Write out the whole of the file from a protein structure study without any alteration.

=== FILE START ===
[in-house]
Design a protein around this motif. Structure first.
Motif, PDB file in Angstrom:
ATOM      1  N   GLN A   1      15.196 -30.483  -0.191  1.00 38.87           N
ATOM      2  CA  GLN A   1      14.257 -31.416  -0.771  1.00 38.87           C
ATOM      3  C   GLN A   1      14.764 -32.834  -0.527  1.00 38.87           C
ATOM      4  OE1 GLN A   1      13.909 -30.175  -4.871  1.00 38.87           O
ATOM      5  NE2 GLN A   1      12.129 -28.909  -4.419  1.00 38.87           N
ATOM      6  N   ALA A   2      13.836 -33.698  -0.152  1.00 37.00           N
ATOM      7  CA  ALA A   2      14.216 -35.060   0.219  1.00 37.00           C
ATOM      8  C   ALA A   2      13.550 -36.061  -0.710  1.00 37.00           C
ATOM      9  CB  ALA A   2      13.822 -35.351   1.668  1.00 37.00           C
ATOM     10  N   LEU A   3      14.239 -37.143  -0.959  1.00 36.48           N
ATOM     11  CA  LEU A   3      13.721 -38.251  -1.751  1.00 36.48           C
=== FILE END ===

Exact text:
[in-house]
Design a protein around this motif. Structure first.
Motif, PDB file in Angstrom:
ATOM      1  N   GLN A   1      15.196 -30.483  -0.191  1.00 38.87           N
ATOM      2  CA  GLN A   1      14.257 -31.416  -0.771  1.00 38.87           C
ATOM      3  C   GLN A   1      14.764 -32.834  -0.527  1.00 38.87           C
ATOM      4  OE1 GLN A   1      13.909 -30.175  -4.871  1.00 38.87           O
ATOM      5  NE2 GLN A   1      12.129 -28.909  -4.419  1.00 38.87           N
ATOM      6  N   ALA A   2      13.836 -33.698  -0.152  1.00 37.00           N
ATOM      7  CA  ALA A   2      14.216 -35.060   0.219  1.00 37.00           C
ATOM      8  C   ALA A   2      13.550 -36.061  -0.710  1.00 37.00           C
ATOM      9  CB  ALA A   2      13.822 -35.351   1.668  1.00 37.00           C
ATOM     10  N   LEU A   3      14.239 -37.143  -0.959  1.00 36.48           N
ATOM     11  CA  LEU A   3      13.721 -38.251  -1.751  1.00 36.48           C